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Golden Fleece

Golden Fleece

One of the best-known stories in Greek mythology concerns the hero Jason and his quest for the Golden Fleece. The fleece, which came from a magic ram, hung in a sacred grove of trees in the distant land of Colchis. Jason's adventure, however, was only one part of the story of the Golden Fleece, which began years earlier.

According to legend, King Athamas of Boeotia in Greece had two children by his wife Nephele: a son, Phrixus, and a daughter,


* See Names and Places at the end of this volume for further information.

Helle. After a time, Athamas grew tired of Nephele and took a new wife, Ino, with whom he had two sons. Jealous of Phrixus and Helle, Ino plotted against them. First, she cunningly had seeds destroyed so that crops would not grow, resulting in a famine. She then arranged to have blame for the famine placed on her stepchildren and convinced Athamas that he must sacrifice Phrixus to Zeus* to restore the kingdom's prosperity.

Fearful for her children's lives, Nephele sought help from the god Hermes*, and he sent a winged ram with a fleece of gold to carry Phrixus and Helle to safety. While flying over the water on the ram, Helle fell off and drowned. But Phrixus reached the land of Colchis and was welcomed by its ruler, King Aeëtes. Phrixus sacrificed the ram to Zeus and gave the Golden Fleece to the king, who placed it in an oak tree in a sacred grove. It was guarded by a dragon that never slept.

The story of the Golden Fleece resumes some time later when Jason and the Argonauts, a band of Greek heroes, set out in search of the fleece aboard a ship called the Argo. Jason undertook this quest in order to gain his rightful place as king of Iolcus in Thessaly. The country had been ruled for a number of years by his uncle Pelias.

After many adventures, Jason and the Argonauts finally reached Colchis. However, King Aeëtes refused to give up the Golden Fleece unless Jason could harness two fire-breathing bulls to a plow, plant dragons' teeth in the ground, and defeat the warriors that sprang up from the teeth. Aeëtes had a daughter, Medea, who was a sorceress. She fell in love with Jason and helped him accomplish these tasks. Medea also helped Jason steal the Golden Fleece by charming the serpent that guarded it and putting the creature to sleep. Jason, Medea, and the Argonauts then set sail for Iolcus with the fleece.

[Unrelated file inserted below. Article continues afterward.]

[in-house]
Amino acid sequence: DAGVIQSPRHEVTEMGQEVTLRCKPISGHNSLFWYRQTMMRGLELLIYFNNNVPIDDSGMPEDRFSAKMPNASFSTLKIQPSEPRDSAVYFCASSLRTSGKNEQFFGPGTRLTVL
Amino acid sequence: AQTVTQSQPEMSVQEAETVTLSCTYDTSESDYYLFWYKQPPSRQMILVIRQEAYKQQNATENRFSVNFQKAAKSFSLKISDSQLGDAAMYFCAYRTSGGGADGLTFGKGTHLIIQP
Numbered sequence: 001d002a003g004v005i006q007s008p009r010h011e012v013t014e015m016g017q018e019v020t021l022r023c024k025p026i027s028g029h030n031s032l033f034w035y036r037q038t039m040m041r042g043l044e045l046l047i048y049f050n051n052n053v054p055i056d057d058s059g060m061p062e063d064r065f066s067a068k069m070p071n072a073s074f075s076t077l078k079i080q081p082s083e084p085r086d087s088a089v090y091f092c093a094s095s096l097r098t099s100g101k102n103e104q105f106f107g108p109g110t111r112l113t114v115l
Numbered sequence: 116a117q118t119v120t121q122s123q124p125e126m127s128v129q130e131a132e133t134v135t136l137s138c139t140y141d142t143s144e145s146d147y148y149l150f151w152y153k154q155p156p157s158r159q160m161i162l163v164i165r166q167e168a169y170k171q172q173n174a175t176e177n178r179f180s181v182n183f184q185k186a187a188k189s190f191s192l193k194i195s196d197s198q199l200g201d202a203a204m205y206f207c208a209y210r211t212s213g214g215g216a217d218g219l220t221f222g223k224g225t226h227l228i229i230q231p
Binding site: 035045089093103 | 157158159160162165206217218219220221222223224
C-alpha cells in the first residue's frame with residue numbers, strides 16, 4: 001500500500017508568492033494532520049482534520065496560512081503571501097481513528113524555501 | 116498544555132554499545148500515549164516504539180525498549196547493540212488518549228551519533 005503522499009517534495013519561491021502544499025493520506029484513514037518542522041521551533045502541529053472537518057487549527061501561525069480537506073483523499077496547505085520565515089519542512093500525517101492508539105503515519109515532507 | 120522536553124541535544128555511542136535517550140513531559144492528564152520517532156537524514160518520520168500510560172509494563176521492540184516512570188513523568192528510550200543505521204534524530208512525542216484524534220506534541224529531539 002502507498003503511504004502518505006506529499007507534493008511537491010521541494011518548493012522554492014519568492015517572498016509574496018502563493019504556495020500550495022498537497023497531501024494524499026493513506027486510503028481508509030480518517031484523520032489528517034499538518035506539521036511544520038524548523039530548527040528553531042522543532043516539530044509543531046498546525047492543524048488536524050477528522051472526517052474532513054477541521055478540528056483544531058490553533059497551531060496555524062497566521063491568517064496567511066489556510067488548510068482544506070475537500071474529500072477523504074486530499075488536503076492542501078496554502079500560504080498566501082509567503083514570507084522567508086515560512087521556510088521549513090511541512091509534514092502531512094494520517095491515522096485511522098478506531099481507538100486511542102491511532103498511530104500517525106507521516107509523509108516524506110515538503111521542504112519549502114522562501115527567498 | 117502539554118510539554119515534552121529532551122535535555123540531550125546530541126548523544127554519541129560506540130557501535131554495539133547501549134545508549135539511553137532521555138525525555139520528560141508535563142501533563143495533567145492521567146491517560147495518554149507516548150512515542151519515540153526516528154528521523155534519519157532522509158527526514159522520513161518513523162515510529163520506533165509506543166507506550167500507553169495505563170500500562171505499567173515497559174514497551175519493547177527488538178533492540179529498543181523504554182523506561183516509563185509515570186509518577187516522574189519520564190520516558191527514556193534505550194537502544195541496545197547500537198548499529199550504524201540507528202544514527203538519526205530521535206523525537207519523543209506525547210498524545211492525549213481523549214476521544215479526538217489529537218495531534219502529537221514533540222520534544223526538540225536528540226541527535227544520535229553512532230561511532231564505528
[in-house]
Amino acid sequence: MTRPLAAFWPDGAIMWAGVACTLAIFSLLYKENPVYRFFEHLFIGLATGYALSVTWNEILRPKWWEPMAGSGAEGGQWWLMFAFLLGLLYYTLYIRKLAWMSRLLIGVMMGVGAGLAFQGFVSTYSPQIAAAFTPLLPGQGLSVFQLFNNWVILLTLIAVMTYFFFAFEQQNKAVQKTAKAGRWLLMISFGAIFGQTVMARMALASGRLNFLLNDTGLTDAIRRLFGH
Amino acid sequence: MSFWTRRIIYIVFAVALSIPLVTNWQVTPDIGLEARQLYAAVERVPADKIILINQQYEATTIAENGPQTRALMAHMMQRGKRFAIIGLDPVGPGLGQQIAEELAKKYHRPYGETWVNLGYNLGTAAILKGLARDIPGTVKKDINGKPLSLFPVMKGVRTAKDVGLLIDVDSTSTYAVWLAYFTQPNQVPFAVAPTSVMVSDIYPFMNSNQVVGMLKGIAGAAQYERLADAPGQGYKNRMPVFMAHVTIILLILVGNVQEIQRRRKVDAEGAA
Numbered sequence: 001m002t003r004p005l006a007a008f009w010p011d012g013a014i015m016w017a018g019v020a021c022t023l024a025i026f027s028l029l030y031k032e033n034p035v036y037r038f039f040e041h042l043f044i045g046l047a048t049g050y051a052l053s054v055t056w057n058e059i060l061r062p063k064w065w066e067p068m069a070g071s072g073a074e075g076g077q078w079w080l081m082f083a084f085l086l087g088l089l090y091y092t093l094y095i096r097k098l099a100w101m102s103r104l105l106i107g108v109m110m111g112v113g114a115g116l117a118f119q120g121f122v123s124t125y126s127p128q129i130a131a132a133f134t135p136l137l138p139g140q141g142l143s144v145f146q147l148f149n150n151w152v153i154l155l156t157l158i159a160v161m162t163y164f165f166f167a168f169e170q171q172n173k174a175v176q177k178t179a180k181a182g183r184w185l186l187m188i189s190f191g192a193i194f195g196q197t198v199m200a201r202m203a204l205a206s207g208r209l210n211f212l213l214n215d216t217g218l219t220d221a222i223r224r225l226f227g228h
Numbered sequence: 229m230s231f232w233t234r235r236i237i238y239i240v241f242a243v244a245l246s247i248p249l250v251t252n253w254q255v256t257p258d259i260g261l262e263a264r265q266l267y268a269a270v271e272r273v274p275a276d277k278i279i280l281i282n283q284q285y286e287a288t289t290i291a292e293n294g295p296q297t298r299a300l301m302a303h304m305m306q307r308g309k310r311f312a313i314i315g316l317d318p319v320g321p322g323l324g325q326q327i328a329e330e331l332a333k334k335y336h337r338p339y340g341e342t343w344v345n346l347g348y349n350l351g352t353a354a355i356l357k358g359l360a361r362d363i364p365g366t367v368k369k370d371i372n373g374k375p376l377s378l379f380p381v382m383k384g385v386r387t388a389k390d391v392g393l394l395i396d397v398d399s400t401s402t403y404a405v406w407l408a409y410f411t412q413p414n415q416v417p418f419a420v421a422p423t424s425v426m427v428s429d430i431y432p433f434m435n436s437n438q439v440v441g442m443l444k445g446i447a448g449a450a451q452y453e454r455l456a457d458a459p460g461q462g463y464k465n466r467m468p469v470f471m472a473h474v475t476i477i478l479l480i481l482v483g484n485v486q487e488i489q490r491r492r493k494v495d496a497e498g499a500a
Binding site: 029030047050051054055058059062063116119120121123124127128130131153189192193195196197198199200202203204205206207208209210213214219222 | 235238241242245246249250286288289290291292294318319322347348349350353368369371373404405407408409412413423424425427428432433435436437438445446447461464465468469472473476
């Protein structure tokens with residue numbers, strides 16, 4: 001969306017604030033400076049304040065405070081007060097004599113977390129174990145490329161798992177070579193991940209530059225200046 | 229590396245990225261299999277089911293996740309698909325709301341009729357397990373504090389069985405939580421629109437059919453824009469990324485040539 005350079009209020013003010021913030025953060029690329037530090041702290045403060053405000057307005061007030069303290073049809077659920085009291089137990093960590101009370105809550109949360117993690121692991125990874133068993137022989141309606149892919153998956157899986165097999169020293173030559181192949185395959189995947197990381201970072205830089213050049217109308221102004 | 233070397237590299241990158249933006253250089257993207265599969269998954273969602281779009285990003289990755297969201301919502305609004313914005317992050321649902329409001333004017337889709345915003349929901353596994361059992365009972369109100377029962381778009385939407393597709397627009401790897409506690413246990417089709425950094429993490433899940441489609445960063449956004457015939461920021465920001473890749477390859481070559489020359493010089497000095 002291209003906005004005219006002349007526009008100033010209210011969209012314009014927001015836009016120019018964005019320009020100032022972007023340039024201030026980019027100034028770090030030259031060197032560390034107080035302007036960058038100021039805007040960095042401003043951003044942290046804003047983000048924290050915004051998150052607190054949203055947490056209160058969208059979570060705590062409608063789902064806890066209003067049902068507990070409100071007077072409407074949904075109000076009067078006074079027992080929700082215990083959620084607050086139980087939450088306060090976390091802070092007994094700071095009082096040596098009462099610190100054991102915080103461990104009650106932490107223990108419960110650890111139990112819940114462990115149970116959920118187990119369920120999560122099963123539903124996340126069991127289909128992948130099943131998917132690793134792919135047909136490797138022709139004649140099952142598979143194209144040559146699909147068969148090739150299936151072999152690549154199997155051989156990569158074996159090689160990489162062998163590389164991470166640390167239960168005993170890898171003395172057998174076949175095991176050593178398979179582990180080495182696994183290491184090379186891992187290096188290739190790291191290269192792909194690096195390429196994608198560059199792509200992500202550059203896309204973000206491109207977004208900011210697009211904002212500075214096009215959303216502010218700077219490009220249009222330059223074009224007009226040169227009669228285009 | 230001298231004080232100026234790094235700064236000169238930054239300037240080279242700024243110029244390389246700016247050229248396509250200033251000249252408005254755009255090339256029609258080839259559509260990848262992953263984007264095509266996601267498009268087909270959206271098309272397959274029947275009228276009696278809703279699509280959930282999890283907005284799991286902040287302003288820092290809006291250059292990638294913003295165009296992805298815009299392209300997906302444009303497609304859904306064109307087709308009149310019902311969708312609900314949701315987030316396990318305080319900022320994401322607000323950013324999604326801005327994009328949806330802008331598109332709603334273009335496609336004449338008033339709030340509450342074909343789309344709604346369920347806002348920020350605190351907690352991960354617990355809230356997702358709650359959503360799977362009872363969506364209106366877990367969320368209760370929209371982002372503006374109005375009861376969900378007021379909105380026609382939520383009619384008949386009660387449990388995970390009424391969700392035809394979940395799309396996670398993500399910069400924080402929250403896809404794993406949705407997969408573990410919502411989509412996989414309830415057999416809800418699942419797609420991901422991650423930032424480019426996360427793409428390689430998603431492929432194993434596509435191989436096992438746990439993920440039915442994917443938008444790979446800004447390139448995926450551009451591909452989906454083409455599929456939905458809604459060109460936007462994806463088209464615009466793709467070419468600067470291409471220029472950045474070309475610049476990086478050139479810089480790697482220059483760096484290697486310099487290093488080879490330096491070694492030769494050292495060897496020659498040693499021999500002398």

See also Animals in Mythology; Argonauts; Jason; Medea.

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Golden Fleece

Golden Fleece, in Greek mythology, the magic fleece of the winged ram that saved Phrixus and Helle, the children of Nephele and Athamas, from the jealousy of Ino, Athamas' second wife. The ram flew to Colchis, but Helle fell into the sea, which was thereafter known as the Hellespont. Phrixus arrived safely, sacrificed the ram, and hung its fleece in a wood guarded by a dragon. The ram became the constellation Aries. Phrixus married a daughter of King Aeëtes of Colchis and begot Argus and three other sons. The quest of Jason and the Argonauts was for this fleece. The legend of the Golden Fleece may have some basis in reality. Ancient Colchis is the modern Georgian region of Mingrelia, and in neighboring Svanetia, inland in the Caucasus, miners have for centuries used sheepskins to collect gold grains and flakes from mountain streams.

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Golden Fleece

Golden Fleece In Greek mythology, fleece of the ram that saved Helle and Phrixus from their stepmother Ino. On arrival in Colchis, Phrixus sacrificed the ram and hung the fleece in a wood guarded by a dragon. Jason and the Argonauts seized the fleece.

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Golden Fleece

Gold·en Fleece Greek Mythol. the fleece of a golden ram, guarded by an unsleeping dragon, that was sought and won by Jason with the help of Medea. ∎  a goal that is highly desirable but difficult to achieve.

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Golden Fleece

Golden Fleece

Nationality/Culture

Greek

Alternate Names

None

Appears In

Pindar's Pythian Ode, Apollonius Rhodius's Argonautica, Euripides' Medea

Myth Overview

One of the best-known stories in Greek mythology concerns the hero Jason and his quest for the Golden Fleece. The fleece, which came from a magic ram, hung in a sacred grove of trees in the distant land of Colchis (pronounced KOL-kis). Jason's adventure, however, was only one part of the story of the Golden Fleece, which began years earlier.